Sydney: Hitting the Tourist Highlights

Australians might snub those who incorrectly think that Sydney, not Canberra, is the capital of this sun-scorched country. But are outsiders really the ones to blame? Sydney is by far the largest and most populated city in Australia, often grazing news articles around the globe. When I tell people I live in Australia, they automatically conjure images of crowded beaches, the Sydney Opera house, and recite “P. Sherman 42 Wallaby Way, Sydney” in a voice that’s always impressively nasally.


Despite all the hype, it actually wasn’t until a few months ago – two years after moving to Australia – that I finally discovered what all the fuss was about for myself.

Beautiful beaches speckled with Turkish towels and lounging bodies, decent surf spots, quirky restaurants, and cultural hubs, it’s easy to see why Sydney is so alluring.

I took advantage of Sydney’s public transportation system over the course of a week while Mo attended a conference. Here’s a snapshot of one of those days.

The Sydney Opera House

Call it cheesy, call it a tourist trap, but the first thing I had to see while exploring Sydney: The Opera House. Hordes of tourists flocked with selfie sticks to the entrance, positioning themselves perfectly in front of the structure. A young, buff German man approached me with two taut, generously bosomed, twin beach babes on each arm.

“Can you take our picture? Nobody has been able to get it right so far.”

Ugh. What is it about walking around on your own that leads others to assume that you’re chomping at the bit to take their photo, desperate for any human interaction?

The girls puckered their lips and positioned themselves on each side of the man’s cheek. Raising his caterpillar eyebrow, he then shot a smirk and a thumbs up for the camera.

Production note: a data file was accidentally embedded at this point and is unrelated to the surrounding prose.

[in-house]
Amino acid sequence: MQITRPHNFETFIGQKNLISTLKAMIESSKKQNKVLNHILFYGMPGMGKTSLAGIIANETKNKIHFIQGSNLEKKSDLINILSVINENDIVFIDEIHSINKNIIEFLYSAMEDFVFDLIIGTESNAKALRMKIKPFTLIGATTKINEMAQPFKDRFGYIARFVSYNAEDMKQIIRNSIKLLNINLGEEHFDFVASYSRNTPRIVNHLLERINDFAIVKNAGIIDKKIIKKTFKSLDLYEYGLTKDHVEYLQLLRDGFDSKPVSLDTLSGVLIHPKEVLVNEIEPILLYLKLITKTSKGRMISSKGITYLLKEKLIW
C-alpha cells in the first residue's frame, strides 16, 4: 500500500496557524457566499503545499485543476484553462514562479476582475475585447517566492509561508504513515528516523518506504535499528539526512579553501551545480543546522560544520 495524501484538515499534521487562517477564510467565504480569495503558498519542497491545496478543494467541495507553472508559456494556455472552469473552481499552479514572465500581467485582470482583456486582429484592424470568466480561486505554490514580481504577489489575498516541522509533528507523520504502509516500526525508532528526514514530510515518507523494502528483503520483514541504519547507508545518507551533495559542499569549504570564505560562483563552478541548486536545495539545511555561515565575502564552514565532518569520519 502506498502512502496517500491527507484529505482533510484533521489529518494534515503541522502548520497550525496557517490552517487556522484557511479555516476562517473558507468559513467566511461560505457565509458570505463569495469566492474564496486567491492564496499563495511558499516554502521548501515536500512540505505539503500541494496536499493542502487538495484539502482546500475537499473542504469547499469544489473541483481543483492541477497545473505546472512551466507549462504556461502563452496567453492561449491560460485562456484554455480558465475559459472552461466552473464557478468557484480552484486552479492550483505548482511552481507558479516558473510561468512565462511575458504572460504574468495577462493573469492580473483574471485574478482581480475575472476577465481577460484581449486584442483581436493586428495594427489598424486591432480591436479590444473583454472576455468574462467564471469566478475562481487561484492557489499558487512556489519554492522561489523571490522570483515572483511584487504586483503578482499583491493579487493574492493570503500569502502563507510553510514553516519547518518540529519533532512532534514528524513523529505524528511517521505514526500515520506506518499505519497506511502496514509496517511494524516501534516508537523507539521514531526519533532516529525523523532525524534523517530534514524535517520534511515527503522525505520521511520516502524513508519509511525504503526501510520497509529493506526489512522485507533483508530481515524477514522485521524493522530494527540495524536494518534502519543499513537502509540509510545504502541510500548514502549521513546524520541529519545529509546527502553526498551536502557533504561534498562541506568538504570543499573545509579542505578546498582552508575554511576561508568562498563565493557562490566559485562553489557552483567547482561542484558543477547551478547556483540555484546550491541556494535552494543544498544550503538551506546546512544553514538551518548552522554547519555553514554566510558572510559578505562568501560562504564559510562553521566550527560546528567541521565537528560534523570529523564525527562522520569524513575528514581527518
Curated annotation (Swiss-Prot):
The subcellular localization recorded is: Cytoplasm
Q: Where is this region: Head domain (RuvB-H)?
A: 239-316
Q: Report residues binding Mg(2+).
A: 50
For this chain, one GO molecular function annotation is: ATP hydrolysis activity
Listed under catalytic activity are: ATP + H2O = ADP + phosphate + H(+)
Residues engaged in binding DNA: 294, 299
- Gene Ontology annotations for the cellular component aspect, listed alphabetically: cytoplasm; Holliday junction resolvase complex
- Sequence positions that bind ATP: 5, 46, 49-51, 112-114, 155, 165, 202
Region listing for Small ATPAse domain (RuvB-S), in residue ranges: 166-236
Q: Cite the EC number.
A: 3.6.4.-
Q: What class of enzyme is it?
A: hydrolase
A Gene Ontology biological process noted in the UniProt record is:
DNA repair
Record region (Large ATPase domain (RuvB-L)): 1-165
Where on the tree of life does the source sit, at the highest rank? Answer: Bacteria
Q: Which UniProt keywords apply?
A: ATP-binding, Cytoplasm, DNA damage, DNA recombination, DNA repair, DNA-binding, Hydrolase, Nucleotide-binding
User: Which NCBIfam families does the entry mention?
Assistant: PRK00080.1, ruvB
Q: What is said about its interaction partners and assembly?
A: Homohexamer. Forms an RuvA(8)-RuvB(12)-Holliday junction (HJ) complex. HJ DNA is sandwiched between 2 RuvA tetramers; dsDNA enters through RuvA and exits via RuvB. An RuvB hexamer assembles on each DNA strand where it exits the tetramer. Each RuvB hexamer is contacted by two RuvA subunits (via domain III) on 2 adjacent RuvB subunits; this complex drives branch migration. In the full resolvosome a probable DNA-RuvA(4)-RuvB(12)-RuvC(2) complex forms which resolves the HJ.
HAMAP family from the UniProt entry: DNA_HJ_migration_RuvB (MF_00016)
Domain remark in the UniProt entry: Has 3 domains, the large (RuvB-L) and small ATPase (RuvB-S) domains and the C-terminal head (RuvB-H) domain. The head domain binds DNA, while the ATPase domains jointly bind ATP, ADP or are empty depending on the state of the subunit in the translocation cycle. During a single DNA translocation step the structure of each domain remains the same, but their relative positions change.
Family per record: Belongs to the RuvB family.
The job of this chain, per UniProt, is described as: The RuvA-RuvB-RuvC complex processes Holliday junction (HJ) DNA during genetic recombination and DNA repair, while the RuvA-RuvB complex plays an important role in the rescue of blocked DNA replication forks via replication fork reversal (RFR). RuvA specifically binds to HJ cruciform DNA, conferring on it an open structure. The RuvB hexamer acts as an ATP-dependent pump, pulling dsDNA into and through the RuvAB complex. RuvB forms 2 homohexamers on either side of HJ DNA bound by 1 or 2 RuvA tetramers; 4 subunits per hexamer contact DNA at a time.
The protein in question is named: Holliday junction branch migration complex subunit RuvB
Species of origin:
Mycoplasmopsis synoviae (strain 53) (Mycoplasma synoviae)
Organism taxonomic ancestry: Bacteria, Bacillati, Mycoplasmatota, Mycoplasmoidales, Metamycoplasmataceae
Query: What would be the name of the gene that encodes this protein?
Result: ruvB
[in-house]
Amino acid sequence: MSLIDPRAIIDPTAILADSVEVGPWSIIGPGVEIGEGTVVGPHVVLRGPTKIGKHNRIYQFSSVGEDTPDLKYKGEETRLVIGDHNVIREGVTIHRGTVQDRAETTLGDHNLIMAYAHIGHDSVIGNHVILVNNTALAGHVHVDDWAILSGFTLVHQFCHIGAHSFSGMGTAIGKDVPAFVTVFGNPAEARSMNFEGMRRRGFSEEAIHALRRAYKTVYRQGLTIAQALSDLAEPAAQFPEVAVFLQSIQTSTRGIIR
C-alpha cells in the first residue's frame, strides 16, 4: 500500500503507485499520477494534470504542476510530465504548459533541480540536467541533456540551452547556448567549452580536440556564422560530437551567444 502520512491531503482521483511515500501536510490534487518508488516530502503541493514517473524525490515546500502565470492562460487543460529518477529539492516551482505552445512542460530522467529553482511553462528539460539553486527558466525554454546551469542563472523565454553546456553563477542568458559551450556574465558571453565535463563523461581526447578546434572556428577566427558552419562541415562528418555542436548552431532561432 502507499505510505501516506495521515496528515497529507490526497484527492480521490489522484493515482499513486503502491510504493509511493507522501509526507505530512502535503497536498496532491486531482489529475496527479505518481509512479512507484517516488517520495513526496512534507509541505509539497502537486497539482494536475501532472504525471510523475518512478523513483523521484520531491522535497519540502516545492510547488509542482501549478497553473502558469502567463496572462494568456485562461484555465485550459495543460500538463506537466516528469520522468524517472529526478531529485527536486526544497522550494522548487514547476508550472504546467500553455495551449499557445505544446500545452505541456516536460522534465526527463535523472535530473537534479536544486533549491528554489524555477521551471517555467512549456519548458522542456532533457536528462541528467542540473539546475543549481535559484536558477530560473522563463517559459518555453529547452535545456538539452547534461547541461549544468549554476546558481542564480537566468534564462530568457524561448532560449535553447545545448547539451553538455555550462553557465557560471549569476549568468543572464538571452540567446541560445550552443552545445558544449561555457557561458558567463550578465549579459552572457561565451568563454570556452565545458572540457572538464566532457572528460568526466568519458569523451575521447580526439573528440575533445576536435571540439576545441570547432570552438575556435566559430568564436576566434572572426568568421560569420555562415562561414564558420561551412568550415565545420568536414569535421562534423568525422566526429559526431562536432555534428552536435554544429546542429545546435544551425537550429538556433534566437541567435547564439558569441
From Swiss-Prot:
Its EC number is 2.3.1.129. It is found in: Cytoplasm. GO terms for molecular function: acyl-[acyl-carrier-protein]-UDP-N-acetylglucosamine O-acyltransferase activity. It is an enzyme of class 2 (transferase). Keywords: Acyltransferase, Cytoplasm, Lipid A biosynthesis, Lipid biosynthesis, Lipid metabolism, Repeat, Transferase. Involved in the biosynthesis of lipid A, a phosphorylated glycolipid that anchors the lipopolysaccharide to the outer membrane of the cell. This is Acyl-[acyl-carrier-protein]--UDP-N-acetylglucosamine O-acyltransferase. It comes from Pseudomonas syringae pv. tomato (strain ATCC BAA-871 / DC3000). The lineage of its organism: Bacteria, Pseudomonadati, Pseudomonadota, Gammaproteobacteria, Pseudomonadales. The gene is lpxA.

“Wow. Looks incredible.” I said without an iota of sarcasm.

“Eh, can you take another?”

They posed again. The girls’ backs arched so much, I feared they’d snap in half.

After six rounds of photo taking and repositioning, I shoved the camera back into his hands and bolted away. I suggested that they learn how to use a tripod and self-timer (like the rest of us vapid folk). From the side of my eye, I saw Tweedledum and his Tweedledees approach another victim for more pictures.

Sydney-Opera=House sydney-harbor-bridge-opera-house

Note: this picture bothered no one.

Note: this picture bothered no one.

Originally, the Sydney Opera House was supposed to cost just $7 million dollars and take three years to build. Sixteen years and over $100 million dollars later, we now have architectural feat known as the Sydney Opera House that’s so iconic today (you can read an interesting take on its history from The Everywhereist).


And because it’s Australia, the closest shop to swipe your credit card at near the Opera House is of course, the UGG store.

Sydney Royal Botanic Garden

I walked through the Royal Botanic Garden, perfectly primmed in a way that only countries that tax the bejeesus out of their citizens can prim. The park weaves through downtown, bordering the harbor and home to oddities like water birds and pink bananas (that apparently aren’t very tasty).
pink-bananas  sydney-royal-gardens

I unzipped my backpack and pulled out a Tupperware with a soggy tortilla wrap inside. It’s not in desolate or natural places that I usually feel alone, but in big cities instead. Couples embraced under a shady tree, friends laughed at their phone screens, and tour groups obsessed over the words of their guide. Spending the day alone in a place where company isn’t an option is easy – being alone in a place where you share an experience simultaneously with hundreds of people and no one, is much harder. Then again, my main prospect for company that day viewed me as a human tripod, so hanging solo isn’t that bad after all.